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FT-264476-19
Ernest Hemingway in the Soviet Union
Frederick White, Utah Valley University

Grant details: https://securegrants.neh.gov/publicquery/main.aspx?f=1&gn=FT-264476-19

Ernest Hemingway in the Soviet Union (Public Lecture or Presentation)
Title: Ernest Hemingway in the Soviet Union
Abstract: Welcome to a special talk by Dr. Frederick H. White, Professor of Russian and Integrated Studies at Utah Valley University. Influenced by the theories of Pierre Bourdieu and Pascale Casanova, this lecture explores the role of the scholar and translator in consecrating the work of Ernest Hemingway for the Soviet literary market. Ivan Kashkin (1899-1963) was the leading translator of the American writer’s work into Russian, including a two-volume edition of selected works in 1959, and the author of the influential critical-biography, Ernest Hemingway, published in Moscow in 1966. Translation is a crucial element in the attainment of literary capital beyond the author’s national borders, therefore Kashkin’s publications legitimized Hemingway’s literary works within the Soviet Union as early as 1934. This lecture will concentrate on Hemingway’s introduction to the Soviet market in the 1930s; his exclusion from it due to the novel For Whom the Bell Tolls; Kashkin’s “re-reading” of Hemingway in the 1950s, and publication of his Soviet biography in 1971. Speaker’s bio: Dr. Frederick H. White is Professor of Russian and Integrated Studies at Utah Valley University. He has published six books and over thirty academic articles on Russian literature, film and culture. He is one of the leading specialists on the writer Leonid Andreev and has published in the areas of Russian Modernism, psychology and literature in the Russian fin de siècle, the economics of culture and post-Soviet cinema. Recently, he has published a book of memoirs, interviews, scholarly essays and biographical documents that relate to the recently deceased filmmaker Aleksei Balabanov. At present, he is working on a book provisionally titled Hemingway in the Soviet Union, which concentrates on the efforts made by Soviet literary agents to interest the American author in the Soviet experiment. #talk #culture #literature
Author: Frederick H. White
Date: 06/21/2019
Location: The American Center, Moscow Russia
Primary URL: http://https://amc.timepad.ru/event/995896/?fbclid=IwAR1yvcKPhdCOP1pUT_JkQ7p4XrNwypIpFdS--fDsPvzhB9mr2bIXoltLUXE

Ernest Hemingway in the Soviet Union (Public Lecture or Presentation)
Title: Ernest Hemingway in the Soviet Union
Abstract: Come learn about Ernest Hemingway's introduction to the Soviet market in the 1930s and his exclusion from it due to the novel "For Whom the Bell Tolls." With special guest speaker Dr Frederick H. White.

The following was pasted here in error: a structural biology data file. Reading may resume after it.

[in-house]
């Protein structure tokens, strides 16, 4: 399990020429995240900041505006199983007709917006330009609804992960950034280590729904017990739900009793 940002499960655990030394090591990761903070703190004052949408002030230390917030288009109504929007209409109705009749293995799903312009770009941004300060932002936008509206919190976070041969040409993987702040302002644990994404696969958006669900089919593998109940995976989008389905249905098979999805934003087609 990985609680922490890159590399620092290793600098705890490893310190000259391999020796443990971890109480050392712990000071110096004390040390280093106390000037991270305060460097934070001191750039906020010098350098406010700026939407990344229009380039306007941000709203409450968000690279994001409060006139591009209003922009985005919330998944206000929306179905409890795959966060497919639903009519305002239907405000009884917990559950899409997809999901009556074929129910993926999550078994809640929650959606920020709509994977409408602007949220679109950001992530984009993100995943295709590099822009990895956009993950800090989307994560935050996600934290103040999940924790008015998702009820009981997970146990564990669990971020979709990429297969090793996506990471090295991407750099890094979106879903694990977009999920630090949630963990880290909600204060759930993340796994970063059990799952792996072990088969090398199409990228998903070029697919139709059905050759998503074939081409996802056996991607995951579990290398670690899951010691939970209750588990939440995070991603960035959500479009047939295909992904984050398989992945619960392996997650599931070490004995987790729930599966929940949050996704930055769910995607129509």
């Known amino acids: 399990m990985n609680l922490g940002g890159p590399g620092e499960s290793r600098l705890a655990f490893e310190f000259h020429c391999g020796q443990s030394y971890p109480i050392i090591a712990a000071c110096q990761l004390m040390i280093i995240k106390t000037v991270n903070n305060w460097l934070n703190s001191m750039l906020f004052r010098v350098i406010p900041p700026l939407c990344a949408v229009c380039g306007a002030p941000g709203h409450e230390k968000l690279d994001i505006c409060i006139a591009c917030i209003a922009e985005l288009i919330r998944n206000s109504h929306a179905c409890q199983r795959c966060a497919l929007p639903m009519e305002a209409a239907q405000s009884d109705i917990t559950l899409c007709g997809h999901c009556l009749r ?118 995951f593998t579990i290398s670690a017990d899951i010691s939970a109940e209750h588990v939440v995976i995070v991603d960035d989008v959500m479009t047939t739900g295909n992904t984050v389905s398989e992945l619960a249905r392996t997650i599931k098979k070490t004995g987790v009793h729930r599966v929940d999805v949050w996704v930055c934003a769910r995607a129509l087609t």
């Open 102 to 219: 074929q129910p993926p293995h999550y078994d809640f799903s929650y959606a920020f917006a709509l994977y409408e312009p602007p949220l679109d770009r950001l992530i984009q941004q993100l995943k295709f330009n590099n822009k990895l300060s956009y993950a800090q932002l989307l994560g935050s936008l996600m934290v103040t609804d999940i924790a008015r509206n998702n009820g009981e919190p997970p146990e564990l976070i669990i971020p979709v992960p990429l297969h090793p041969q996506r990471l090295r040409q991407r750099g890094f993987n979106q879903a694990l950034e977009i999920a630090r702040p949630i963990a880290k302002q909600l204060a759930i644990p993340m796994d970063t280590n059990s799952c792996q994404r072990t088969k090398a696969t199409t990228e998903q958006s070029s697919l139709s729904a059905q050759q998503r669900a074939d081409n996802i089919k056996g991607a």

Author: Frederick H. White
Date: 08/04/2019
Location: Utah Students Studying Russian, University of Utah
Primary URL Description: I have a copy of the digital poster used to advertise the event. This was sponsored by the student association at the University of Utah and no longer has a live link.

Ernest Hemingway in the Soviet Union (Public Lecture or Presentation)
Title: Ernest Hemingway in the Soviet Union
Abstract: This lecture explores the role of the scholar and translator in consecrating Ernest Hemingway for the Soviet literary market. Ivan Kashkin (1899-1963) was the leading translator of the American writer’s work into Russian, as early as 1934, and published a two-volume edition of selected works in 1959. Specific attention will be given to Hemingway’s introduction to the Soviet market in the 1930s; his exclusion from it after 1940 due to the novel For Whom the Bell Tolls; Kashkin’s “re-reading” of Hemingway in the 1950s, and publication of the American author’s Soviet biography in 1971.
Author: Frederick H. White
Date: 01/30/2020
Location: Roots of Knowledge Speaker Series, Fulton Library, Utah Valley University
Primary URL: https://www.uvu.edu/rootsofknowledge/events.html
Primary URL Description: This is the "events" website. I have the digital poster for the event if you would like a copy of this.

The Most Outstanding Work of an Idealistic Tendency: Hemingway, Pasternak and the 1958 Nobel Prize for Literature (Conference Paper/Presentation)
Title: The Most Outstanding Work of an Idealistic Tendency: Hemingway, Pasternak and the 1958 Nobel Prize for Literature
Author: Frederick H. White
Abstract: Soon after Ernest Hemingway won the Nobel Prize, his works returned to the Soviet literary market. However, cultural relations between the United States and the USSR were disrupted when Boris Pasternak was selected for the prize in 1958. This article examines Hemingway’s reaction to Pasternak’s refusal of the prize, as well as his understanding of Giangiacomo Feltrinelli’s role in the publication of Doctor Zhivago abroad. In so doing, the precarious position of the author will be highlighted in order to demonstrate that while Hemingway became an iconic figure in the USSR, Pasternak was simultaneously denied similar accolades for his cultural production.
Date: 04/25/2019
Primary URL: http://rggu.com/
Primary URL Description: Keynote address, “The Most Outstanding Work of an Idealistic Tendency: Hemingway, Pasternak and the 1958 Nobel Prize for Literature,” Humanities+ 2019, The Russian-American Academic Center at the Russian State University for the Humanities, Moscow, Russia, 25-26 April 2019.
Conference Name: Humanities+ 2019, The Russian-American Academic Center at the Russian State University for the Humanities

A Soviet Biography for Ernest Hemingway (Conference Paper/Presentation)
Title: A Soviet Biography for Ernest Hemingway
Author: Frederick H. White
Abstract: Ernest Hemingway’s inclusion among the heroes of the Soviet Union is meaningful beyond the author’s own world-wide fame. Symbolically, it was the moment when the most-American of authors gained a Soviet biography; when Hemingway was fully and completely co-opted into the Soviet literary space. Understanding that Hemingway would not achieve political consciousness in the Socialist Realist sense, Gribanov positioned his subject as an independent writer and journalist dedicated to telling the truth, often to the detriment of his personal and professional relationships. This interpretation was original given preceding Soviet interpretation of the American author and his works. It was also somewhat risky within the context of the trial of the writers Andrei Siniavskii and Yulii Daniel. In this paper, I will argue that with such an approach, Gribanov positioned the author as an independent truth-teller, in the face of political ideologies and repressive governments, appealing to avid readers of Hemingway as well as to a Soviet readership taught to read between the lines.